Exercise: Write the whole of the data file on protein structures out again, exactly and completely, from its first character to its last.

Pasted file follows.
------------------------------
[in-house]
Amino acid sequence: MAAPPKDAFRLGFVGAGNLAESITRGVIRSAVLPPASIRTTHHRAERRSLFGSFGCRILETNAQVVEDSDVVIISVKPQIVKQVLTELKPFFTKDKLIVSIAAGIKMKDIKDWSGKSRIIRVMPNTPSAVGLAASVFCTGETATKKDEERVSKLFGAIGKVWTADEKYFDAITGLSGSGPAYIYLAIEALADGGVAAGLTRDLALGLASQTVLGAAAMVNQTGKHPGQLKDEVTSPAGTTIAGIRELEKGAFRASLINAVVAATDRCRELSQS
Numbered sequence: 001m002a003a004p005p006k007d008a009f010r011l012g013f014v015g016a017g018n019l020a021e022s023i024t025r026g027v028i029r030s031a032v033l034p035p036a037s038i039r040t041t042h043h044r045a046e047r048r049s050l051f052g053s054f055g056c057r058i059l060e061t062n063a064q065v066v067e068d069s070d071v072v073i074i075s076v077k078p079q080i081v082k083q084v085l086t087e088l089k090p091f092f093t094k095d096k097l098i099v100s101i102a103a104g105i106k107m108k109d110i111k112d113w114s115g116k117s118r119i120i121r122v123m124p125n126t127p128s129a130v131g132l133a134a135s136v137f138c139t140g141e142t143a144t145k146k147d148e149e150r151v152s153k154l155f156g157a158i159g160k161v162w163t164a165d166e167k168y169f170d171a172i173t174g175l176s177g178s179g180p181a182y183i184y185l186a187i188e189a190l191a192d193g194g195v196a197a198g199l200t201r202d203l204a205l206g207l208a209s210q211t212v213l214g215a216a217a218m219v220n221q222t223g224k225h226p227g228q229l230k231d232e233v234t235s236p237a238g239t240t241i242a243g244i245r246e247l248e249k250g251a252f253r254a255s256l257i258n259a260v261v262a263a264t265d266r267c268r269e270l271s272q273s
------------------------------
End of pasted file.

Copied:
[in-house]
Amino acid sequence: MAAPPKDAFRLGFVGAGNLAESITRGVIRSAVLPPASIRTTHHRAERRSLFGSFGCRILETNAQVVEDSDVVIISVKPQIVKQVLTELKPFFTKDKLIVSIAAGIKMKDIKDWSGKSRIIRVMPNTPSAVGLAASVFCTGETATKKDEERVSKLFGAIGKVWTADEKYFDAITGLSGSGPAYIYLAIEALADGGVAAGLTRDLALGLASQTVLGAAAMVNQTGKHPGQLKDEVTSPAGTTIAGIRELEKGAFRASLINAVVAATDRCRELSQS
Numbered sequence: 001m002a003a004p005p006k007d008a009f010r011l012g013f014v015g016a017g018n019l020a021e022s023i024t025r026g027v028i029r030s031a032v033l034p035p036a037s038i039r040t041t042h043h044r045a046e047r048r049s050l051f052g053s054f055g056c057r058i059l060e061t062n063a064q065v066v067e068d069s070d071v072v073i074i075s076v077k078p079q080i081v082k083q084v085l086t087e088l089k090p091f092f093t094k095d096k097l098i099v100s101i102a103a104g105i106k107m108k109d110i111k112d113w114s115g116k117s118r119i120i121r122v123m124p125n126t127p128s129a130v131g132l133a134a135s136v137f138c139t140g141e142t143a144t145k146k147d148e149e150r151v152s153k154l155f156g157a158i159g160k161v162w163t164a165d166e167k168y169f170d171a172i173t174g175l176s177g178s179g180p181a182y183i184y185l186a187i188e189a190l191a192d193g194g195v196a197a198g199l200t201r202d203l204a205l206g207l208a209s210q211t212v213l214g215a216a217a218m219v220n221q222t223g224k225h226p227g228q229l230k231d232e233v234t235s236p237a238g239t240t241i242a243g244i245r246e247l248e249k250g251a252f253r254a255s256l257i258n259a260v261v262a263a264t265d266r267c268r269e270l271s272q273s